Proper supplementation is between 200 mcg and 1 mg (1,000 mcg) of folate per day but this prenatal complex has the correct amounts along with B12 and zinc, other important factors in cellular division. It also contains vitamin A for brain, eye, and gut development, selenium for the production of crucial enzymes, and more.
Understand that proper folate levels are essential to how DNA is arranged during critical stages of development, namely cell division gone wrong. Also, due to various environmental conditions that exist today, a problem of folate metabolism can occur to a much greater extent than just a paltry 5%.
When in doubt about folate issues or if you suspect a problem, the type of folate to take is called 5-methyl-tetrahydrofolate. Special note about folate supplementation. Insure that you have an adequate intake of vitamin B12 and the mineral zinc, which are important in cellular division. Ultimately one can switch to this prenatal when they are ready to conceive, which contains an effective form of folate along with, B12, zinc and other essential nutrients. These other essential nutrients are vital for other reasons, such as vitamin A for brain, eye and gut development, selenium for the production of crucial enzymes, etc.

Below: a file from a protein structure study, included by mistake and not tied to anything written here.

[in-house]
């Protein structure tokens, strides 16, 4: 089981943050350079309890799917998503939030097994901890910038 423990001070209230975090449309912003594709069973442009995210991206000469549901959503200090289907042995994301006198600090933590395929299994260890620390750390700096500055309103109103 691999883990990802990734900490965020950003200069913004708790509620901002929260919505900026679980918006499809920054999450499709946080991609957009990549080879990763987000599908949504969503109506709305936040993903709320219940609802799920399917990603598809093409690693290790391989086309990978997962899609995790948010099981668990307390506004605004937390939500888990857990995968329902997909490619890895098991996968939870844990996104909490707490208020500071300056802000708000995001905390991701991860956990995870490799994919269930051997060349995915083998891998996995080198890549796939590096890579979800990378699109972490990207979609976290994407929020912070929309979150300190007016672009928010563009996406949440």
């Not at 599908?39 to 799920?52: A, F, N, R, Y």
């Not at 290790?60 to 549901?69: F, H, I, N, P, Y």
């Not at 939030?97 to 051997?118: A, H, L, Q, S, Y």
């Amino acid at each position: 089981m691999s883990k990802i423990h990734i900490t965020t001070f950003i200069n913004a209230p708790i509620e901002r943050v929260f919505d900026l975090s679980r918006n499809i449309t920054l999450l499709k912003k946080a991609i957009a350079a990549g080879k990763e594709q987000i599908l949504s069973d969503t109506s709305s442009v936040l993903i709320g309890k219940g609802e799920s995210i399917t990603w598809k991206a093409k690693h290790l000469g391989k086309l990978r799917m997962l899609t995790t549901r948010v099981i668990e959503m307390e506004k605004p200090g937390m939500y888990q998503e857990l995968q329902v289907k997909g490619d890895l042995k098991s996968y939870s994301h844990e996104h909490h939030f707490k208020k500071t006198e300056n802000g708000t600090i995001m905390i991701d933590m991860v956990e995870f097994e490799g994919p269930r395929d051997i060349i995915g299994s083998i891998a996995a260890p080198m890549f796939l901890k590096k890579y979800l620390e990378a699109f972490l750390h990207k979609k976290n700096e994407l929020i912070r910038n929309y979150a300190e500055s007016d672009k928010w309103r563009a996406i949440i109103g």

Step 3 – Iodine for Your Baby’s Brain
Take 12.5 mg of iodine per day. In case there is any confusion, this level is nearly 100 times the RDA, which is typically 150 mcg (micrograms) for a pregnancy. The use of 12.5 mg has been shown to be very effective in optimizing IQ. The potential boost in IQ could range from 10 to 30 points, along with many other benefits. The simple advantage of this effect should be obvious, as it can save a future parent a lot of aggravation.